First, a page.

Grammatical conjugation

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In linguistics, conjugation is the creation of derived forms of a verb from its principal parts by inflection (regular alteration according to rules of grammar). Conjugation may be affected by person, number, gender, tense, aspect, mood, voice, or other grammatical categories. All the different forms of the same verb constitute a lexeme and the form of the verb that is conventionally used to represent the canonical form of the verb (one as seen in dictionary entries) is a lemma. Inflection of nouns and adjectives is known as declension.

Conjugated forms of a verb are called finite forms. In many languages there are also one or more forms that remain unchanged with all or most of grammatical categories: the non-finite forms, such as the infinitive or the gerund. A table giving all the conjugated variants of a verb in a given language is called a conjugation table or a verb paradigm.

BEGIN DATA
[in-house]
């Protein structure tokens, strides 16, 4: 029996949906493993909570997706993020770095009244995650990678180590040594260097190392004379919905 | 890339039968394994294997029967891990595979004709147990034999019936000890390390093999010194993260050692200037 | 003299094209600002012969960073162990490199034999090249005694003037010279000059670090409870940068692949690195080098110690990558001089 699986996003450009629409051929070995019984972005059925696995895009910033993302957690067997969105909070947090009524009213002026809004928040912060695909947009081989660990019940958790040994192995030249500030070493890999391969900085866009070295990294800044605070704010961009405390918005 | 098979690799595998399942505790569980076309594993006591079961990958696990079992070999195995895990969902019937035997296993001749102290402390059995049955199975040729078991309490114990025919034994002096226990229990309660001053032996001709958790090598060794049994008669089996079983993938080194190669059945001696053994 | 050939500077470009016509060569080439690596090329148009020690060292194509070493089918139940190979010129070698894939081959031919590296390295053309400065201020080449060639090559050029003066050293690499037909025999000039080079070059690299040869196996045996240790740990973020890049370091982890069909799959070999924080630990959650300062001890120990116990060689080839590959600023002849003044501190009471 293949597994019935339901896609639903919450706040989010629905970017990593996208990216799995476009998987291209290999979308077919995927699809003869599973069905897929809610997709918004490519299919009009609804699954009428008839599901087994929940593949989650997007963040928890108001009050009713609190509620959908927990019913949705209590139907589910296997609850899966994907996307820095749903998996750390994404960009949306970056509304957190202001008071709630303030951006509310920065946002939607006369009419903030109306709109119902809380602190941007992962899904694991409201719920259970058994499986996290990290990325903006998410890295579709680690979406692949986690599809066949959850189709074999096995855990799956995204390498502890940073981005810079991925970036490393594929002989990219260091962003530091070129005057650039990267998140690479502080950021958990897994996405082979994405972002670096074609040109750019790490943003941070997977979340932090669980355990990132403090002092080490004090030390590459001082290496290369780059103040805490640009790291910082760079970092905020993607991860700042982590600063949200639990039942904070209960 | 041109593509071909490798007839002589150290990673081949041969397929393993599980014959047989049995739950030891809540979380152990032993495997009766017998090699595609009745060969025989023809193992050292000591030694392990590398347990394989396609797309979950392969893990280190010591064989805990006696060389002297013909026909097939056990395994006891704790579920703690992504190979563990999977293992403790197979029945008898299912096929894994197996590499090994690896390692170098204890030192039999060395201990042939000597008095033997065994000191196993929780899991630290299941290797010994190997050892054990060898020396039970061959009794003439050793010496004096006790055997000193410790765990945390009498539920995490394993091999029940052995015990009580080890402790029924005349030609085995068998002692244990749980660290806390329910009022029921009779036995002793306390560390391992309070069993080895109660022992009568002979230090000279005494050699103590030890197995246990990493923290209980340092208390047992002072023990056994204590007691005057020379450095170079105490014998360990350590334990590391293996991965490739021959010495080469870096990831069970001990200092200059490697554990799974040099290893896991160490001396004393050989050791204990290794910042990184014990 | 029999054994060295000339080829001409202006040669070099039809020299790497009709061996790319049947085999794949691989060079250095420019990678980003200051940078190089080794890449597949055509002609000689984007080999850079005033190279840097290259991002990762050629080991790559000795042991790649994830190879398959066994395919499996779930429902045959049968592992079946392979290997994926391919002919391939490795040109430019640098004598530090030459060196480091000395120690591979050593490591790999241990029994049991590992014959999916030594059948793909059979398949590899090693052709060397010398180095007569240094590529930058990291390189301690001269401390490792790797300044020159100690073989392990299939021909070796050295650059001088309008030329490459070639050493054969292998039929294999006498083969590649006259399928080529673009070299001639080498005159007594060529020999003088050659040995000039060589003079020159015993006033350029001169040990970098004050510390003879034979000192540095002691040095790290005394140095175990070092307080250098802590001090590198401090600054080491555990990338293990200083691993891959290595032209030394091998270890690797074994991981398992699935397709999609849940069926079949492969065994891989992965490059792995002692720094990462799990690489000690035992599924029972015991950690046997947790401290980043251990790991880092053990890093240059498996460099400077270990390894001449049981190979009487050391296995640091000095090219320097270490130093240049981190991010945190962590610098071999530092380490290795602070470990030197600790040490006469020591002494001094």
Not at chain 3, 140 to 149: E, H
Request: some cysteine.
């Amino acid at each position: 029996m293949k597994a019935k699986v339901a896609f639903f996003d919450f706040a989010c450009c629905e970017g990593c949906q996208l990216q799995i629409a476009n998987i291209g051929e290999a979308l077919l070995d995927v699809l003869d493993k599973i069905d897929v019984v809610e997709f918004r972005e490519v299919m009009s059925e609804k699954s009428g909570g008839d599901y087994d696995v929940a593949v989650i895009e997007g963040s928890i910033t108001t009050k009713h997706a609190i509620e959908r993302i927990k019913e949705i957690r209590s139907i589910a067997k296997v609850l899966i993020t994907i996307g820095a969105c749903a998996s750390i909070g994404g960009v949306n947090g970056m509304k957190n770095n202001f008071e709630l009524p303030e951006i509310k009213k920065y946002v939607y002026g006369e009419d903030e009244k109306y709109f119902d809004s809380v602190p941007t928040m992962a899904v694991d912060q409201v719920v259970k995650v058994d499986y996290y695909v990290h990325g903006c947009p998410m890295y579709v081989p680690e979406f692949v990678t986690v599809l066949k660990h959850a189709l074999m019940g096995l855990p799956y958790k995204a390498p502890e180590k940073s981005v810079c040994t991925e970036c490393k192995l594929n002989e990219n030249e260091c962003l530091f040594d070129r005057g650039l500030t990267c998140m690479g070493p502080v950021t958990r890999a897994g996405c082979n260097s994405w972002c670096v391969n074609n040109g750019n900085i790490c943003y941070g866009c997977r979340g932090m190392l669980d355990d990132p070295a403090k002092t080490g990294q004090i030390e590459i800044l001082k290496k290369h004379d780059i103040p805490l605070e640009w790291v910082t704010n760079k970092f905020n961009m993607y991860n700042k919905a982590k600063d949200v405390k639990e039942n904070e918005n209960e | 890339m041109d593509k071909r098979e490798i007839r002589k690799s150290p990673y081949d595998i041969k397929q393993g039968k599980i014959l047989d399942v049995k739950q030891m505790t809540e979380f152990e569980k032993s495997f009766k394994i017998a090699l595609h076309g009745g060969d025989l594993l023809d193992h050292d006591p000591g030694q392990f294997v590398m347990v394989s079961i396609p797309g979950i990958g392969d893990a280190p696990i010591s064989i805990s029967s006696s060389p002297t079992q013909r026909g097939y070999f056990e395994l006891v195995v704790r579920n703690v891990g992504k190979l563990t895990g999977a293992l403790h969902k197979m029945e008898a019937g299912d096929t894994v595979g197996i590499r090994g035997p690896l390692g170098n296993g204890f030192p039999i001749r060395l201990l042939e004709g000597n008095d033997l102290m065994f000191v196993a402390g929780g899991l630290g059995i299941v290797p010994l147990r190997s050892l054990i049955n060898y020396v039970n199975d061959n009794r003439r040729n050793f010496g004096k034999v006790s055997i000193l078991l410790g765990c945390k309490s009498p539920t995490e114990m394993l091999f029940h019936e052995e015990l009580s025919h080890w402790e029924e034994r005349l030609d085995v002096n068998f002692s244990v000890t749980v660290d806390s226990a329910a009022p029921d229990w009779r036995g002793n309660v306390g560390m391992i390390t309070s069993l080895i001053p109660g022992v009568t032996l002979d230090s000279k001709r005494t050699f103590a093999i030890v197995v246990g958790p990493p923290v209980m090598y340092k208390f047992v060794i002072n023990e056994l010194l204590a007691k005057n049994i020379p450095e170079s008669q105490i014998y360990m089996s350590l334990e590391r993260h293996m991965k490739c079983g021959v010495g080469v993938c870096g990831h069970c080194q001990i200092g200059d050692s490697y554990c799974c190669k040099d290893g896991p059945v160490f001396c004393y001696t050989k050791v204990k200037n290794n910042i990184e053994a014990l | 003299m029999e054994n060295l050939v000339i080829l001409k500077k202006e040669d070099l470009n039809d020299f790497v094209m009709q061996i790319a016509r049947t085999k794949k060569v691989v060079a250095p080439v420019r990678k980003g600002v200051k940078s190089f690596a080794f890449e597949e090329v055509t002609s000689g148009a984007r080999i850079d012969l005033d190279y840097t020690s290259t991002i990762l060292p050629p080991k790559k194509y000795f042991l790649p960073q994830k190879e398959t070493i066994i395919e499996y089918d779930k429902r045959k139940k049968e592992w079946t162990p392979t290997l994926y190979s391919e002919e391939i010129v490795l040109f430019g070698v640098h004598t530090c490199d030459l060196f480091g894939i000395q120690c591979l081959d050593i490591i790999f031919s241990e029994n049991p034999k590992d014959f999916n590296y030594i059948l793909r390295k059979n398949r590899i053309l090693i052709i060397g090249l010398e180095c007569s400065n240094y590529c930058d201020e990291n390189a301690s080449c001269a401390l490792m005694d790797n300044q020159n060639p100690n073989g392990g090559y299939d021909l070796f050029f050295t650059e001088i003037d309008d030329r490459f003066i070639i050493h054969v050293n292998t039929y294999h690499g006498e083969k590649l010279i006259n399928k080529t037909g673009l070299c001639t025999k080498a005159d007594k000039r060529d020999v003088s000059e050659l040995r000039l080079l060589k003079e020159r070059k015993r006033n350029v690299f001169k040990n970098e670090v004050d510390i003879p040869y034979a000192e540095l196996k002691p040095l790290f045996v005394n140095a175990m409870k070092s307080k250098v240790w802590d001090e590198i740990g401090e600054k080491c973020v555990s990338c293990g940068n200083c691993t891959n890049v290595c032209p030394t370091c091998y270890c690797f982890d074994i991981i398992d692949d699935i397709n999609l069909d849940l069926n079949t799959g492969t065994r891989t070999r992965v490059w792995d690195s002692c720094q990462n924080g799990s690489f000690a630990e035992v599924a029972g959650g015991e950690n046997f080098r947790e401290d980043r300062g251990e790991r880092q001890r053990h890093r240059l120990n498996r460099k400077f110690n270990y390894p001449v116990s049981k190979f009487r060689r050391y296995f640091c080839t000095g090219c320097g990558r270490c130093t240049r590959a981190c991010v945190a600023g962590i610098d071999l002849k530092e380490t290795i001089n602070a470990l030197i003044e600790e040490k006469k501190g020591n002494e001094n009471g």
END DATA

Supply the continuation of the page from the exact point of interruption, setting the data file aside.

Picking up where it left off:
Although conjugation tables are a useful tool for the beginner in a foreign language, they fail in irregular verbs. This limitation is particularly prominent in Latin-derived languages like French and Italian. The availability of high power computers has made possible to replace the conjugation tables with conjugation algorithms, that can handle without difficulty the conjugation and the grammar analysis of any verb. However, these are much less useful in understanding the structure of the conjugation forms of a given language. A couple of well known verbs conjugators freely available on Internet are Le Conjugateur for the French language and DIC_IT: il Verbiario for the Italian language, and many others exist.

A regular verb has a set of conventions for conjugation (paradigm) that derives all forms from a few specific forms or principal parts (maybe only one, such as the infinitive in English), in spelling or pronunciation. A verb that has conjugations deviating from this convention is said to be an irregular verb. Typically the principal parts are the root and/or several modifications of it (stems).

Conjugation is also the traditional name of a group of verbs that share a similar conjugation pattern in a particular language (a verb class). This is the sense in which teachers say that Latin has four conjugations of verbs. This means that any regular Latin verb can be conjugated in any person, number, tense, mood, and voice by knowing which of the four conjugation groups it belongs to, and its principal parts.


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